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Beginning to think DD's self esteem was damaged at primary school.

(13 Posts)
boxoftissues Wed 31-Dec-14 08:52:10

DD was in an unusual cohort at primary school. Her class had a high proportion of extremely bright girls who were also strong characters.

DD was always one of the 'middle runners'. In a less academically strong cohort she would have been in the top third of the class.

She is now at secondary schoool in year 7. What bothers me is her attitude towards her school work. She just doesn't seem to care about trying to do well and is happy to get low to mediocre grades.

Yet she is actually quite a bright girl. I am beginning to wonder if her self esteem has been knocked by 7 years in a cohort of extremely bright and strong charactered girls? At the time she didn't seem bothered that she wasn't at the top or anywhere near the top of the class. But perhaps it bothered her more than I realised and she gave up trying because she felt she simply couldn't compete with the girls in her class.

Any views would be much appreciated. She also had the disadvantage of being the second youngest in the class amongst a large group of Sept/Oct born girls.

boxoftissues Wed 31-Dec-14 09:02:54

She seemed to become the 'class clown' during the latter years. Perhaps that was her way of getting noticed as she wasn't academically noticable nor a particularly strong character.

rabbitstew Wed 31-Dec-14 09:15:40

But what you are saying is that she didn't seem to be bothered about academic work all the way through primary school and now YOU are bothered about this, not that she has changed her attitude. She's had the same attitude throughout. Or at least, that's the way you've just described it!

TheWordFactory Wed 31-Dec-14 09:20:35

OP this might sound harsh, but it seems that your DD has a poor attitude to school work and you're seeking to find the cause at the door of others.

This is something you and your Dd need to own. Then you can fix it.

arlagirl Wed 31-Dec-14 09:20:49

What does the school say? Do they think she's underperforming?

boxoftissues Wed 31-Dec-14 09:50:44

TheWordFactory, you are right. During most of DD's time at primary school I was suffering with severe undiagnosed PND. This culminated in atempted suicide when DD was in year 3. That was when I and everyone around me realised I was very very ill. I subsequently got the help I needed and made a slow but steady recovery to the point where I am now. (There is a long backstory of childhood abuse and neglect, going NC with my parents for 8+ years, etc which I don't want to go into here).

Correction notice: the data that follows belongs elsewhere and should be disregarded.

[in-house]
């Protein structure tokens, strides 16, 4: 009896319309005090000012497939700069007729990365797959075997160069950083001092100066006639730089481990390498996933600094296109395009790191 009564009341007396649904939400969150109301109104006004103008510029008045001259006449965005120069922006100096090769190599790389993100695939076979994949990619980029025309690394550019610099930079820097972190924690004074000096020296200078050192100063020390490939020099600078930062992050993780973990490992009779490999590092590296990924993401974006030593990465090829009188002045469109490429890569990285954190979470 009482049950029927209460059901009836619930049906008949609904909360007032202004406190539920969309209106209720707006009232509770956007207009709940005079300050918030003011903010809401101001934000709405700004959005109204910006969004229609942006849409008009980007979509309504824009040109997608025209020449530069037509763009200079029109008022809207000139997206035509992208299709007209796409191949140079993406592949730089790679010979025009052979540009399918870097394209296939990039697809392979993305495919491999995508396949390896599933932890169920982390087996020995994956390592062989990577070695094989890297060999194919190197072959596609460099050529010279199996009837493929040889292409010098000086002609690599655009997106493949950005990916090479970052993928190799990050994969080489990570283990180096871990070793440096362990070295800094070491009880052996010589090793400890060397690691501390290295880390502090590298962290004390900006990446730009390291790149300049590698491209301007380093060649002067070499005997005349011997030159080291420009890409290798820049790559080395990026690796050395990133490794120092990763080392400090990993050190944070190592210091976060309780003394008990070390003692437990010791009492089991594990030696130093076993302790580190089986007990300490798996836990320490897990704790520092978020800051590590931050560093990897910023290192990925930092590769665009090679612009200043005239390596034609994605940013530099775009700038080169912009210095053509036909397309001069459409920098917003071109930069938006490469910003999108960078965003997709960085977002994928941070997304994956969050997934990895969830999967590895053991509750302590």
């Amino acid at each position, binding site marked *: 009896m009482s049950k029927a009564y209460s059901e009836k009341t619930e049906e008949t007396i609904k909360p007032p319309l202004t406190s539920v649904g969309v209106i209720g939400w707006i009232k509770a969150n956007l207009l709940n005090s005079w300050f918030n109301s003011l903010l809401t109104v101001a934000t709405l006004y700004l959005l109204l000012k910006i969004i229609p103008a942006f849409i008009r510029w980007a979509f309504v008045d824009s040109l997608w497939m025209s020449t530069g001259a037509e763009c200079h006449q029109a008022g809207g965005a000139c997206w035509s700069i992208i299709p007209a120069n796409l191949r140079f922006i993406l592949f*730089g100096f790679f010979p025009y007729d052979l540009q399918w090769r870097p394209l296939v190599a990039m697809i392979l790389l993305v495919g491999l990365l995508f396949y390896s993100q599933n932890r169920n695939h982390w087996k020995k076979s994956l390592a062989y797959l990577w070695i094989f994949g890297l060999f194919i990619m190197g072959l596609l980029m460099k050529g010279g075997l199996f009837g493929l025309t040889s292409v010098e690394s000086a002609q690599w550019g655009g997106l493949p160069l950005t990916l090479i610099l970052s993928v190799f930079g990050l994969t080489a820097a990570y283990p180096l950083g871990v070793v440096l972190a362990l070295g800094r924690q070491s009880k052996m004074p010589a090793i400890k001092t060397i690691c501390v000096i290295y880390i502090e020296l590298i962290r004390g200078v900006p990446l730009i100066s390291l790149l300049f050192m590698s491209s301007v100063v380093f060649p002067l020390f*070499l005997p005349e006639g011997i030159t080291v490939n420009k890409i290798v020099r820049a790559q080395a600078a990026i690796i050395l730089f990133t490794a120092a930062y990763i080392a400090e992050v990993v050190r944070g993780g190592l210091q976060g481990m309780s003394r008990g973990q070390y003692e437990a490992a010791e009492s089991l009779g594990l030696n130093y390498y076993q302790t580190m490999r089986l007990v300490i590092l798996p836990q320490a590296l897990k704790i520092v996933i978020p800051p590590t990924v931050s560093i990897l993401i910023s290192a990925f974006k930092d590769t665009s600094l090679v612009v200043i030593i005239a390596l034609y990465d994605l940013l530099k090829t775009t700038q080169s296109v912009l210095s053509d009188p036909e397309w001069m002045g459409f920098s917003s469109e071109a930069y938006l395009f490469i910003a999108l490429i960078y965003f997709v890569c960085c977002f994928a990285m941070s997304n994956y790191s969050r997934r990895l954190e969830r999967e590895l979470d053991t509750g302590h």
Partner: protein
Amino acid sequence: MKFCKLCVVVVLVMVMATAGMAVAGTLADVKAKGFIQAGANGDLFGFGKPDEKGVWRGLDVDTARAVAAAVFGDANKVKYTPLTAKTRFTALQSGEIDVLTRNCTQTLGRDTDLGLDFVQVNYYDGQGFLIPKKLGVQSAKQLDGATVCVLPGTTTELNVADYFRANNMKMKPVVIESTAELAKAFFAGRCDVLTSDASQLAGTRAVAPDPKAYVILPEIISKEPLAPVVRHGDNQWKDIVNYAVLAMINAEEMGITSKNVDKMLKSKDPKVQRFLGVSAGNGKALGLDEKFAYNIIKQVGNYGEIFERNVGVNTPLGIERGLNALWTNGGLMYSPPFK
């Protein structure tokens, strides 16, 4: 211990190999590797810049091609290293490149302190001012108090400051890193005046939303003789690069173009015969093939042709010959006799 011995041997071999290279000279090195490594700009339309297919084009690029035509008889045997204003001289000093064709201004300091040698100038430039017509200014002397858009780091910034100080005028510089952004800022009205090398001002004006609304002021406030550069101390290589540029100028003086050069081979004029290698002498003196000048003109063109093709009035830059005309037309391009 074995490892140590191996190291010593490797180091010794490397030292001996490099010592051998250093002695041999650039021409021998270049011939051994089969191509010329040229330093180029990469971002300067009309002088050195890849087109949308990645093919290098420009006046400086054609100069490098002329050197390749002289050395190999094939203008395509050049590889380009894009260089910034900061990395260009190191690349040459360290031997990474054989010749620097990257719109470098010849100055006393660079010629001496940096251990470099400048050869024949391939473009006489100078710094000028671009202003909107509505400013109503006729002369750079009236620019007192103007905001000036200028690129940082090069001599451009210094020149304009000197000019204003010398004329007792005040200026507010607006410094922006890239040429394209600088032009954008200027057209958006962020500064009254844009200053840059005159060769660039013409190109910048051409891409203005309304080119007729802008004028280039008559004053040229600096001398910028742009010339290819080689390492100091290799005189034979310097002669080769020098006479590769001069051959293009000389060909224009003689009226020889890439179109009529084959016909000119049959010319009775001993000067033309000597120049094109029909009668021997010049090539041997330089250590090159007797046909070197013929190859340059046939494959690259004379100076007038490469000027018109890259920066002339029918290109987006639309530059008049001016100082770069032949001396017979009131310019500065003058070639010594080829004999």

So yes, this situation with DD has been going on for a number of years but I have not been in a position to notice or do anything about it until now.

So, I am looking for help and advice. I have been mulling it over for a while and have only just concluded there may be a self esteem issue so have not yet spoken to her school. I will be doing so as soon as term starts next week.

In the meantime I am looking for ways to support her at home. She is in year 7 so hopefully enough time to turn things around before GCSE's etc.

boxoftissues Wed 31-Dec-14 09:52:27

rabbitstew, you are spot on. DD hasn't changed, but I have.

boxoftissues Wed 31-Dec-14 09:54:33

Although, having said all of the above, we were always reassured by her teachers at every parents' evening that she was doing well and this was borne out by her SATS results in which she achieved mostly level 5's.

PastSellByDate Wed 31-Dec-14 10:57:22


First off I'm sorry to hear of your troubles but glad to know you've 'turned a corner' and are in a better place now.

I think the reality may be that you have a fairly bright girl (Level 5s end of KS2 SATs) is above national expectation - but I also think that you need to be realistic about how strong those Level 5s were and may need to temper your assessment of your child's ability.

I know that pupils performing in English at Level 5c - would be scored somewhere between 50% - 22% percentiles and between 42% - 22% percintiles for 5c in KS2 maths on the bell curve of all English pupils (information from Fisher Family Trust - scroll down to Key Stage 2 sublevels and percentiles, 2014 table: Stage 2 sublevels and percentiles, 2014. Many schools just report the main Level - so you may not be aware of how your child scored in the LEVEL 5 zone - which runs basically from 50th percentile (so performing better than 50% of all English pupils) to 7th percentile (performing better than 93% of all English pupils) - and is a big chunk of the bell curve (for which see Head Guru post of KS2 Data as bell curve here:

So one of the things to absorb is that your daughter may be doing better than most students but is performing within the big bump in the bell curve (which HeadGuru labelled 'average performers') with the majority of pupils. This isn't meant to upset you - but is meant to moderate your expectations - in cold print it's clear that a low NC L5 makes you an 'average performer' but schools are keen to 'sell' to parents that it's a great achievement and not clarify where along the spectrum your child scored.